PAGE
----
My daughter browbeat me with insults, so I hurled one back. “Bitch,” I blasted from inside my head. She couldn’t hear me, but satisfaction oozed from my body. My hurting heart eased. A moment of joy even touched my spirit.
A smile then crept on my face. Not a warm, friendly, comforting smile. Rather, a sarcastic smile. One that pokes a nerve. My daughter eyeballed my face and thrusted her hands on her hips. “I hate you,” she screamed. My heart softened and tears welled in my eyes.
Shame replaced the void where satisfaction sat. Why do I do this? I questioned myself. Is it a stress reliever? Is it a survival tactic? Is it revenge? Maybe it’s all of these, but I’m the parent. I know better.
I’ve travelled this road before. It’s a muddy road that messes up our relationship. The fleeting “high” isn’t worth the fall. I love my daughter too much to let my thoughts harden my heart and fracture her self worth or our relationship.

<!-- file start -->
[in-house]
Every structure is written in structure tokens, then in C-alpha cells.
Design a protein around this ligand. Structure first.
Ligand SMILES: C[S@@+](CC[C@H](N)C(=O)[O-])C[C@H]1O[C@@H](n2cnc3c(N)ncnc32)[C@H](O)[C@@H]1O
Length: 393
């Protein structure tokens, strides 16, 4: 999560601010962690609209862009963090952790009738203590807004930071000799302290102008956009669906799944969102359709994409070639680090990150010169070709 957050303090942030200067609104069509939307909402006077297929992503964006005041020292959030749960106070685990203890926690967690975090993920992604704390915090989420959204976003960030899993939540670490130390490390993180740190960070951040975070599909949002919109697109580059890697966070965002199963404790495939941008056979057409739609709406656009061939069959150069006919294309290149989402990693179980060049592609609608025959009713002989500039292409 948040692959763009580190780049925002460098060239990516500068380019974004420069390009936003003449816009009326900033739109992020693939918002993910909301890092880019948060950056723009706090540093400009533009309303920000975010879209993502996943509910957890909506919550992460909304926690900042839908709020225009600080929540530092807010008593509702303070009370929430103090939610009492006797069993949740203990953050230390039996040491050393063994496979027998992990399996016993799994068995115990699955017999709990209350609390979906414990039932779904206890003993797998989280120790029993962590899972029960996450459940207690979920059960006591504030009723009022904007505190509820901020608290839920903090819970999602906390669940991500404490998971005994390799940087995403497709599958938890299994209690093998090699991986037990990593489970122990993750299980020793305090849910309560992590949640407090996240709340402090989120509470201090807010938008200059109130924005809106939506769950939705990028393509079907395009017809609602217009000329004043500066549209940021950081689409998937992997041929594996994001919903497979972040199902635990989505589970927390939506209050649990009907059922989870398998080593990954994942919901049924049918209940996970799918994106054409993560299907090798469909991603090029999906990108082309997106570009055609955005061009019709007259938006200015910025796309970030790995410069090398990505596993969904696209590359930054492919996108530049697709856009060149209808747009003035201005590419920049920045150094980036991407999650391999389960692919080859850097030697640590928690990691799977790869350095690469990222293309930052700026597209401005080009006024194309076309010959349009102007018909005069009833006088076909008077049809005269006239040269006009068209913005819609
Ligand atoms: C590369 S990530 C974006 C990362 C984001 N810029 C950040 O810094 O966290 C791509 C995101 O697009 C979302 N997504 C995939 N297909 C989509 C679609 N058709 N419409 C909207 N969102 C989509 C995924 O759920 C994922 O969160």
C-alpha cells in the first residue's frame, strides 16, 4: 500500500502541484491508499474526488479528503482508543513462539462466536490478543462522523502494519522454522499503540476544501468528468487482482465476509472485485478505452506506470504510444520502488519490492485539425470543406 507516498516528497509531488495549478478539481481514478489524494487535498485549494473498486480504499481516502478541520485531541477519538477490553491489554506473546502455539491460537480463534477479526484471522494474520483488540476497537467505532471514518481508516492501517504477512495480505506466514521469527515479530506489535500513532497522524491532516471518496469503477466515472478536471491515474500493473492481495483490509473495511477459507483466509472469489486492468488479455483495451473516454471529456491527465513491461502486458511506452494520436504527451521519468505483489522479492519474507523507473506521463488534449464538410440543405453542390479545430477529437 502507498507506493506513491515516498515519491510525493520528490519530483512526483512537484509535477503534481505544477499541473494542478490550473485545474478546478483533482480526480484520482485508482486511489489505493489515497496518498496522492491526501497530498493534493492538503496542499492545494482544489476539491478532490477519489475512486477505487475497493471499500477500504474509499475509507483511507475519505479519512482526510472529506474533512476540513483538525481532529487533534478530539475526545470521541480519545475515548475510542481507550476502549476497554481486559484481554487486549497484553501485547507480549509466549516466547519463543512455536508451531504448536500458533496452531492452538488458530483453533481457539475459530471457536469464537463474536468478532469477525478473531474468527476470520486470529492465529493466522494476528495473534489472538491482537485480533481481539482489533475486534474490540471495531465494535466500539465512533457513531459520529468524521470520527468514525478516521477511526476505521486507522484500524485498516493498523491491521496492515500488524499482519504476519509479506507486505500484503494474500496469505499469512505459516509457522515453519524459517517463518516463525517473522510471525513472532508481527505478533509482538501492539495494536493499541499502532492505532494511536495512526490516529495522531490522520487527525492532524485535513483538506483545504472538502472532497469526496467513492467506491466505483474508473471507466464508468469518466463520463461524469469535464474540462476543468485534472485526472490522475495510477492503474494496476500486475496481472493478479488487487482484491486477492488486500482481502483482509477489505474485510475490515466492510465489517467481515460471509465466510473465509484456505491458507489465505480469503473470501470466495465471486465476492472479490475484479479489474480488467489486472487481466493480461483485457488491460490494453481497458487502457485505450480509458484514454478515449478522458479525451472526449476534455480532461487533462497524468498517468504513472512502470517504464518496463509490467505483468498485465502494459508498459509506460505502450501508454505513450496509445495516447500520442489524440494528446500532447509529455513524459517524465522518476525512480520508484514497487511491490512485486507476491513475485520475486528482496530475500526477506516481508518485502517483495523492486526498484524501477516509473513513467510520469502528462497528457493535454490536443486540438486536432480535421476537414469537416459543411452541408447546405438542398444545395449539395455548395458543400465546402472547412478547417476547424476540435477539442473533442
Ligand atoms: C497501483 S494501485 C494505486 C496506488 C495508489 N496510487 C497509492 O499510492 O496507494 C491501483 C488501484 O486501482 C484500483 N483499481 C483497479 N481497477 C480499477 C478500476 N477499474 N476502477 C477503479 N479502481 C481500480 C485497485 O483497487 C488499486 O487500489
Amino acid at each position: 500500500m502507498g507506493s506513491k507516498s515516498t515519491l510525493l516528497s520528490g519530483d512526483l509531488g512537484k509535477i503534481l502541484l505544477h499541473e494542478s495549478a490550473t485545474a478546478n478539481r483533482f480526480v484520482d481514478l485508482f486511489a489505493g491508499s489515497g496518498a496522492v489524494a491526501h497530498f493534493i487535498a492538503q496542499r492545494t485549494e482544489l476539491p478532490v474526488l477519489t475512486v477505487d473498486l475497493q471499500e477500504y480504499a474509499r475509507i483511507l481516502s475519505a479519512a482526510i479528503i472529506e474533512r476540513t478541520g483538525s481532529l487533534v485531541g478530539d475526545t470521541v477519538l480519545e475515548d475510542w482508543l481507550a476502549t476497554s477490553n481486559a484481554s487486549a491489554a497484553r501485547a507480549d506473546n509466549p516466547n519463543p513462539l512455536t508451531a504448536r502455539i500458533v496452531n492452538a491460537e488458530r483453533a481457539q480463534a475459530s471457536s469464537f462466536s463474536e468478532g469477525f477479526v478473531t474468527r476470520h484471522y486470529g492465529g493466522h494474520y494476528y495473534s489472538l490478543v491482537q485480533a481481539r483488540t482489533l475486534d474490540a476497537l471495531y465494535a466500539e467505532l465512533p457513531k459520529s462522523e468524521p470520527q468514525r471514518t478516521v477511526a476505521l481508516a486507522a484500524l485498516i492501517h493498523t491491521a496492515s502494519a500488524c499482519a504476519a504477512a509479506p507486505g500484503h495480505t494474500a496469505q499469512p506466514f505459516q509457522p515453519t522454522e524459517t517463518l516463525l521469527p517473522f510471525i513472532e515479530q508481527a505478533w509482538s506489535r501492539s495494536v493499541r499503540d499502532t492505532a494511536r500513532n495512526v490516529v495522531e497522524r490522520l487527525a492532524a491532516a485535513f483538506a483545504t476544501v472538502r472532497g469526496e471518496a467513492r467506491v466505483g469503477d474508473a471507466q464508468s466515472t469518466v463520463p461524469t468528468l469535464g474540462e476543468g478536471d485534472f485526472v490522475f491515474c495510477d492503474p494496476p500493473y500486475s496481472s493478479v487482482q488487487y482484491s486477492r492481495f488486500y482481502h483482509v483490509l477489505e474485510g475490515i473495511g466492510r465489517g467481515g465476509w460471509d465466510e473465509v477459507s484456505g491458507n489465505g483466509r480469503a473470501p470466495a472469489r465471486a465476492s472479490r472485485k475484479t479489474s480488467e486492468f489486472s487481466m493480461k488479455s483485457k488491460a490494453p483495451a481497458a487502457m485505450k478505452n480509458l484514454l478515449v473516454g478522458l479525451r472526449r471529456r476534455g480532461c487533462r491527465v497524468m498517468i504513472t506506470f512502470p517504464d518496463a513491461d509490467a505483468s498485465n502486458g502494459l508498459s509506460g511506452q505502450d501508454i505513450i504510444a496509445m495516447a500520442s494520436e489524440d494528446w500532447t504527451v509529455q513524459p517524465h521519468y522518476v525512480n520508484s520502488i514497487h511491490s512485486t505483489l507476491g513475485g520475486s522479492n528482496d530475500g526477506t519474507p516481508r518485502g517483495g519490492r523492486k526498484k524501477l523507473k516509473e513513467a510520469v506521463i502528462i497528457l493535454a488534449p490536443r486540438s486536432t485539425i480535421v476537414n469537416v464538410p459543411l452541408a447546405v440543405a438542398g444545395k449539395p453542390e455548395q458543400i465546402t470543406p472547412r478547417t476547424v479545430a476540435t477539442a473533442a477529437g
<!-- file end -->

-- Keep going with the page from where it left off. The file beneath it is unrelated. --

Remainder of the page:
I’m intentional when I fight this battle. I’ve been known to fall off the bandwagon but redirecting my thoughts on truth, restores me. Here are three redirection strategies that I’ve found helpful:
- Replace hurtful thoughts with healing ones. Bitch becomes My poor, broken girl. This alternate perspective lifts blinders. It allows me to see my daughter in need of healing. It positions me to respond with compassion and meet her needs.
- Use endearing terms to refer to your child. My sweet girl is my go-to phrase. How’s my sweet girl today? What does my sweet girl crave for breakfast? Does my sweet girl want to ride her bike? This reminds me of my daughter’s heart behind the brokenness.
- Meditate on an inspirational message. A google search produces many but I prefer biblical ones. Psalm 19:14—Let the words of my mouth and the meditation of my heart be acceptable in Your Sight, Oh Lord, my Rock and my Redeemer—speaks to me. It purifies my thoughts towards my daughter.